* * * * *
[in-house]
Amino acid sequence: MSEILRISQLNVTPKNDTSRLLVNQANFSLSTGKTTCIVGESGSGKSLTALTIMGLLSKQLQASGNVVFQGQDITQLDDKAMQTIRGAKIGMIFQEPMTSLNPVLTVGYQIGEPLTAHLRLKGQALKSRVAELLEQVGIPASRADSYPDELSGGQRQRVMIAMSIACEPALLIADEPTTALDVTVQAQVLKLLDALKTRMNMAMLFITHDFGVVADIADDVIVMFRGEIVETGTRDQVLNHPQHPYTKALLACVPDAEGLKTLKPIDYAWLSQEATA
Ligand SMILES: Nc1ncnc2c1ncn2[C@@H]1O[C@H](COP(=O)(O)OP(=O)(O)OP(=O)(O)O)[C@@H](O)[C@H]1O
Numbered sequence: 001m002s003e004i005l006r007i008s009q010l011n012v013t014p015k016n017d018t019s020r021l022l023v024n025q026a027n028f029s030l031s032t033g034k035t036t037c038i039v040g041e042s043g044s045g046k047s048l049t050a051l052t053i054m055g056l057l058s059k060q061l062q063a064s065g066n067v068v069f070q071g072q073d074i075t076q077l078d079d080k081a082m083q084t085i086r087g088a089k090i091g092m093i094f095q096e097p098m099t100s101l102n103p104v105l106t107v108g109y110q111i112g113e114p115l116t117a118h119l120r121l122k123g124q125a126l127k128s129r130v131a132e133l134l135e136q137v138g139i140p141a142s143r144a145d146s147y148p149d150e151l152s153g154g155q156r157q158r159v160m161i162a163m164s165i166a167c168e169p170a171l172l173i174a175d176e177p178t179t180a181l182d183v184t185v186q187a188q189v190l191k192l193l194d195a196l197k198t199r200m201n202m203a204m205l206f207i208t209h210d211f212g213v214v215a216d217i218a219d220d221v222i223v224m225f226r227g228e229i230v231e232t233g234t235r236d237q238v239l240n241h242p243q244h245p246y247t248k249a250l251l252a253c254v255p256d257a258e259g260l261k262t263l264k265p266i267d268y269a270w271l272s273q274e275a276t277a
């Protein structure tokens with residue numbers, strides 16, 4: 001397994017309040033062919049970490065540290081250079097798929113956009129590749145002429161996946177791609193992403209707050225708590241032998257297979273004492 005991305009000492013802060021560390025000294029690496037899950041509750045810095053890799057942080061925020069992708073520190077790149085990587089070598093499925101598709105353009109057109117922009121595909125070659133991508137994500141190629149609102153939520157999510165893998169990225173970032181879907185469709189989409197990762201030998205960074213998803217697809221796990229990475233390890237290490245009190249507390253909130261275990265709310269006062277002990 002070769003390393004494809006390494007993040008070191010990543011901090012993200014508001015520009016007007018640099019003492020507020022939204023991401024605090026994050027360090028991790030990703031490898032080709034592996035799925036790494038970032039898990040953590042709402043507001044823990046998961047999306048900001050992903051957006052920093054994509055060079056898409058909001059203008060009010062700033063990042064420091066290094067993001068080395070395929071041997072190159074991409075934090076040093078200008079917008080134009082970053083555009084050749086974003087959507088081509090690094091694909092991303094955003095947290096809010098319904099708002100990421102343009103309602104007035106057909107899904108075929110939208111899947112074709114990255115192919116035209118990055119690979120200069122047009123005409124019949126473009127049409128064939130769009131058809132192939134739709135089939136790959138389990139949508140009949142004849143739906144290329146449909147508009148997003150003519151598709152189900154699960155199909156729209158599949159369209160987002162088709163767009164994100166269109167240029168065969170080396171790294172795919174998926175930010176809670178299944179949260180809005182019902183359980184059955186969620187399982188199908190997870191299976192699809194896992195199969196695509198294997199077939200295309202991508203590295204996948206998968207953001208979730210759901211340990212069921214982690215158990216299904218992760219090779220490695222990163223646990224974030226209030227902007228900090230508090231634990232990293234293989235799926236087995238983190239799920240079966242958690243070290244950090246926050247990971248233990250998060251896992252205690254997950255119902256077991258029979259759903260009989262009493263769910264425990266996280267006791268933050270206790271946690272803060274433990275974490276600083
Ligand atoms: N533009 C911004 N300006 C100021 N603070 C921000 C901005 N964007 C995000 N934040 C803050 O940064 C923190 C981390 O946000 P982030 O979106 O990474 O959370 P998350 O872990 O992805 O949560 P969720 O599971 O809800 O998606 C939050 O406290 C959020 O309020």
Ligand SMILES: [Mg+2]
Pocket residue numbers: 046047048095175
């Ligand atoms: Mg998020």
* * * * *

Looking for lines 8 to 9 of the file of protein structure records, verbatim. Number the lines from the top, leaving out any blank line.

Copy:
Pocket residue numbers: 046047048095175
């Ligand atoms: Mg998020």